Decubitus ulcers are also referred to as pressure sores or bed sores. This type of injury is often preventable and involves deep skin tissue. Decubitus ulcers are extremely dangerous because they can increase the likelihood of infection and disease in patients. This can end in amputation or death in the most severe cases. Not all decubitus ulcers are the same, so decubitus ulcer staging is used to identify the type of ulcer and determine the treatment that is best.
Stage 1 Decubitus Ulcers
These types of ulcers refer to sores where the skin is still intact, which means that an open wound is not visible. This stage is best identified with a redness color on the skin and pain to the touch. The redness color often only appears when pressure is applied, which is known as blanching. It is important to keep an eye on patients with darker skin coloring, because it is difficult to identify decubitus ulcers in this stage in these types of patients.
Stage 2 Decubitus Ulcers
Decubitus ulcer staging defined in category 2 involves a sore that is opened slightly. This opened sore is due to pressure and can be avoided if patients are moved or flipped often to relive pressure that causes this type of sore. In most cases, decubitus ulcers in stage 2 look similar to blisters or scrapes. The wound that occurs can leave permanent damage to some parts of the affected skin.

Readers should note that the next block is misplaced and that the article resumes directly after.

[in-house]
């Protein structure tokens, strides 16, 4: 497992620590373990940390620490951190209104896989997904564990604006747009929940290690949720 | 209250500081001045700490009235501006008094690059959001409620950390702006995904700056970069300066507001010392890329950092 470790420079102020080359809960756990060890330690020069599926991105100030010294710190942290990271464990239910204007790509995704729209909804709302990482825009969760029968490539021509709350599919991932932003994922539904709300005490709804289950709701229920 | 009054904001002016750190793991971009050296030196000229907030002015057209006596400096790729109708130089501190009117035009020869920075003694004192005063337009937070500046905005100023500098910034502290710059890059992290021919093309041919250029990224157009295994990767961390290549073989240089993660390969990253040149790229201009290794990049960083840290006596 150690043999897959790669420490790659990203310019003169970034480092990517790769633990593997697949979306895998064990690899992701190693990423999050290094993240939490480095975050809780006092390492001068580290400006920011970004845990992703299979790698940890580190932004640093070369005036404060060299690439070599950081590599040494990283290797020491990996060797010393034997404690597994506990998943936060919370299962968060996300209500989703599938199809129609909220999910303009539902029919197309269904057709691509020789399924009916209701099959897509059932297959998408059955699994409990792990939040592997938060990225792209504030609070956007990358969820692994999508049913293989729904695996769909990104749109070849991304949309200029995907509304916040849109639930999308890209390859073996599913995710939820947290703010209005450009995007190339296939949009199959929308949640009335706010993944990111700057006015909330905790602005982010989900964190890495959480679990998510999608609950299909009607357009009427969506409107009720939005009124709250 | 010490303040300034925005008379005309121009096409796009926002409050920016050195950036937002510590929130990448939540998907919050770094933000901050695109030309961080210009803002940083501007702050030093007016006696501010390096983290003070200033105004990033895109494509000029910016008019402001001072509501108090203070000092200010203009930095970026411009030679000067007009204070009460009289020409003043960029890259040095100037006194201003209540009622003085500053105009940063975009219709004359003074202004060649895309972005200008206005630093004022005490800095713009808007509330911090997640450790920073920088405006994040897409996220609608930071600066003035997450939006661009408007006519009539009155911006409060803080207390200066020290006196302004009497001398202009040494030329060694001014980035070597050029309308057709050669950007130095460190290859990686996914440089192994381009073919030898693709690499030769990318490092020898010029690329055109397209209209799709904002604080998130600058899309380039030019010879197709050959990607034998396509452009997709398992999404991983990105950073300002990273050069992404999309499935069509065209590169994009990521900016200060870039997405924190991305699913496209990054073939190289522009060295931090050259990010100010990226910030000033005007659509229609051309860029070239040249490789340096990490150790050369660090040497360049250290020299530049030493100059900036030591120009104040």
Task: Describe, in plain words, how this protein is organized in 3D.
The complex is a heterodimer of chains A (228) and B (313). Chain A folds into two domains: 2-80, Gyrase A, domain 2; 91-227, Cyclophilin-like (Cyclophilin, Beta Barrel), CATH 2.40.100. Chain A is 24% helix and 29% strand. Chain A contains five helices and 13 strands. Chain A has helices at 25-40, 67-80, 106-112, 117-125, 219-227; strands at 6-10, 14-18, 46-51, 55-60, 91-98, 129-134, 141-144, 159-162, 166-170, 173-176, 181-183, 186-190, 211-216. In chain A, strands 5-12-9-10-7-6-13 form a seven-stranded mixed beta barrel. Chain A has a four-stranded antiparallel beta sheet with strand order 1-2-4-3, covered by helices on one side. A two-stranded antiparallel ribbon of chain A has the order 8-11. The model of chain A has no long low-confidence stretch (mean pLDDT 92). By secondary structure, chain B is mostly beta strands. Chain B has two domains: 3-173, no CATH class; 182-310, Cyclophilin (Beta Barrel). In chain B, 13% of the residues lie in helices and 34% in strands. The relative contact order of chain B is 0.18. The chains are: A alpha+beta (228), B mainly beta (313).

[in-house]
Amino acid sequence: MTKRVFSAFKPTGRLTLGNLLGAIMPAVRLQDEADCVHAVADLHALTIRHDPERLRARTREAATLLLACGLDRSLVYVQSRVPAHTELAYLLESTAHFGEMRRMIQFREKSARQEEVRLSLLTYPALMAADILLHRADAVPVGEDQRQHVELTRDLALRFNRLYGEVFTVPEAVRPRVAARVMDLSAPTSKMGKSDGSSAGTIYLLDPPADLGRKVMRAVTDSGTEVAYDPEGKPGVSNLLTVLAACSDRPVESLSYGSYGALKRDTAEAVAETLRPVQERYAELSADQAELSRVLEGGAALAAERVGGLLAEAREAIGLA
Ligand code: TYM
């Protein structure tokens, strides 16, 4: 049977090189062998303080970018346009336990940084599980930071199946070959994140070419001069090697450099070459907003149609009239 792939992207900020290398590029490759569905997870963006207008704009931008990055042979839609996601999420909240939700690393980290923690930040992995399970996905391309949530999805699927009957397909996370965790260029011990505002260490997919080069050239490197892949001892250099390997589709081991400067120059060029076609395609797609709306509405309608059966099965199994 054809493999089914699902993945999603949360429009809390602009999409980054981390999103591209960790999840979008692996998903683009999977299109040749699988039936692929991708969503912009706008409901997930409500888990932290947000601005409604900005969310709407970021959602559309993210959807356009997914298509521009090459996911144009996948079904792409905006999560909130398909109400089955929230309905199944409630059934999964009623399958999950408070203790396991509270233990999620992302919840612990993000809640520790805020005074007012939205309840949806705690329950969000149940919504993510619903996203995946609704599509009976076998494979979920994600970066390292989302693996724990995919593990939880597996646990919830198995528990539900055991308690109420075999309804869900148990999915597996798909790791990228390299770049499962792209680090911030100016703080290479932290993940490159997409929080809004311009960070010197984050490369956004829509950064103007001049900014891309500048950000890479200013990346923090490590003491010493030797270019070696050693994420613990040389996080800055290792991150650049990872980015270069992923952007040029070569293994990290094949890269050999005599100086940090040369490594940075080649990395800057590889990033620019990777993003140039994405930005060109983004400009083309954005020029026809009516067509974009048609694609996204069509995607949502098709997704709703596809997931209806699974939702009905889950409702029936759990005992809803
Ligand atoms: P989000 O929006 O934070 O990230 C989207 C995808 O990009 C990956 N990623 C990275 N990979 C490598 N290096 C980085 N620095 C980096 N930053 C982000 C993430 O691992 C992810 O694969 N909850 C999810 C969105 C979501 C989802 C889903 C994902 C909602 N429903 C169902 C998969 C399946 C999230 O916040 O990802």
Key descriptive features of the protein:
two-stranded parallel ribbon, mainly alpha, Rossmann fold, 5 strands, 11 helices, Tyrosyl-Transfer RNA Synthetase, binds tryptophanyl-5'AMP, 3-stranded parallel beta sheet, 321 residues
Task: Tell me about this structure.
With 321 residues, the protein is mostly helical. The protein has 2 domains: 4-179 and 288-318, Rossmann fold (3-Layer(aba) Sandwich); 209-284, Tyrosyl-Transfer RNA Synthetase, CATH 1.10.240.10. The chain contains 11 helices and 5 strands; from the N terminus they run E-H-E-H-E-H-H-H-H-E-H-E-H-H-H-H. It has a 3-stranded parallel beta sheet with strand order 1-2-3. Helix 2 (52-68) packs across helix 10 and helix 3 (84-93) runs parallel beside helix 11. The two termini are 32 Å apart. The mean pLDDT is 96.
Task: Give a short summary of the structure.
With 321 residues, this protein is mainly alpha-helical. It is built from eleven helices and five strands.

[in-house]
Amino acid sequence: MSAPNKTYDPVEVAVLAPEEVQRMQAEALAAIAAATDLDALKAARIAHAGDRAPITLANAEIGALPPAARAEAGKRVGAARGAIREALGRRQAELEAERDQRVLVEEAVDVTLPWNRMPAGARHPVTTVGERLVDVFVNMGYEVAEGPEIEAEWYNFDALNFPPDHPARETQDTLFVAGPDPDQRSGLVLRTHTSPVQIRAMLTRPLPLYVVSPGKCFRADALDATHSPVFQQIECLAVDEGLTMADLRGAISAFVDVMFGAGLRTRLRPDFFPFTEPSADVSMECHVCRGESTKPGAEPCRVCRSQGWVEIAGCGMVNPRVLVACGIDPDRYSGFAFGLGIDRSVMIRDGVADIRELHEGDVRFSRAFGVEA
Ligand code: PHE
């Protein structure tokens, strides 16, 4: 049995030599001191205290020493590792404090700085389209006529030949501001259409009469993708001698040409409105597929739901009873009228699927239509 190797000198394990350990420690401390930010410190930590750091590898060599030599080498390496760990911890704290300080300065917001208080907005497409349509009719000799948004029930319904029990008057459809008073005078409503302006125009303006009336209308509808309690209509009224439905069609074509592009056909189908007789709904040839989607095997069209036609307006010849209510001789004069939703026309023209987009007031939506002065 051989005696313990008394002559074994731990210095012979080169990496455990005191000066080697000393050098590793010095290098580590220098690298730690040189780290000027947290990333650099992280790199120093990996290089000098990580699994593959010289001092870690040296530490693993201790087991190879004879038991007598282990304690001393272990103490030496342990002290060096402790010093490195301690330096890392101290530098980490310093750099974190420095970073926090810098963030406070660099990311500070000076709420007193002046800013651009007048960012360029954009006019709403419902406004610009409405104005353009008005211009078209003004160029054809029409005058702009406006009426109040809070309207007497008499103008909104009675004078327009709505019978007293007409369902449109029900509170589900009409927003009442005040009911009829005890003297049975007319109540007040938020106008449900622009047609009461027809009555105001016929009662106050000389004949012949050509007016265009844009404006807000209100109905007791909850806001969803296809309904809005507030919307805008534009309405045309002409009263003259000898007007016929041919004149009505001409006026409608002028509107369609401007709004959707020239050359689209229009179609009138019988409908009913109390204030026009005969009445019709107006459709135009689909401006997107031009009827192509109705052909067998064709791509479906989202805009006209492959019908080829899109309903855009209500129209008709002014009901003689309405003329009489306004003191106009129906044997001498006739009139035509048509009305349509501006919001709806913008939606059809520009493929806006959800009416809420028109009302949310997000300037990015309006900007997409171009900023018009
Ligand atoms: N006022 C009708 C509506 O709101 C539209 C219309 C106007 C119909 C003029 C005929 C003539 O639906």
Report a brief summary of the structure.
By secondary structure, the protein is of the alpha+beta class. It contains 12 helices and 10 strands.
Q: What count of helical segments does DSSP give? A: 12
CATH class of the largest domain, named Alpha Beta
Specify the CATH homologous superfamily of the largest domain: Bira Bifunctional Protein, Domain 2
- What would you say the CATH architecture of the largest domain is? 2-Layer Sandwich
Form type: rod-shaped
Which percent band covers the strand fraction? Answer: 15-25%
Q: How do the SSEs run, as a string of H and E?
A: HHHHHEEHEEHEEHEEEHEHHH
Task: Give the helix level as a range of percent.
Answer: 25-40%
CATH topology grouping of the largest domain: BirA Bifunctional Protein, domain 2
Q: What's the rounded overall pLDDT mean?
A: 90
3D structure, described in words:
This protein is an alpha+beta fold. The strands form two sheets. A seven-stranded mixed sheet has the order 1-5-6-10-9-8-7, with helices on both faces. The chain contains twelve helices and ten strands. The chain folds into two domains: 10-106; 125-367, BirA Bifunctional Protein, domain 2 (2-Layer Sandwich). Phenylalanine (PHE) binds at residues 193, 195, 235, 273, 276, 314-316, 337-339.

Stage 3 Decubitus Ulcers
This type of skin ulcer involves a deeper wound than what is evident at stage 2. The wound is deeper, but there is no visible sign of bone, muscles, or tendons. However, the fatty tissue around the wound might be exposed and vulnerable to infection.
Stage 4 Decubitus Ulcers
This is the most severe type of decubitus ulcer stage and has the deepest wound. Not only is the skin damaged, but joints, muscles and tendons around the skin can also be damaged and are often exposed. This deep open wound is a problem, because it leads to severe infections and diseases that can ravish the immune system of patients. Once the bone becomes infected during this stage, it can lead to death or the need for amputation.
The stages of decubitus ulcers progress quickly and must be managed before they reach stage 4. These sores are often preventable and measures must be taken to ensure that infection, death and amputation do not occur.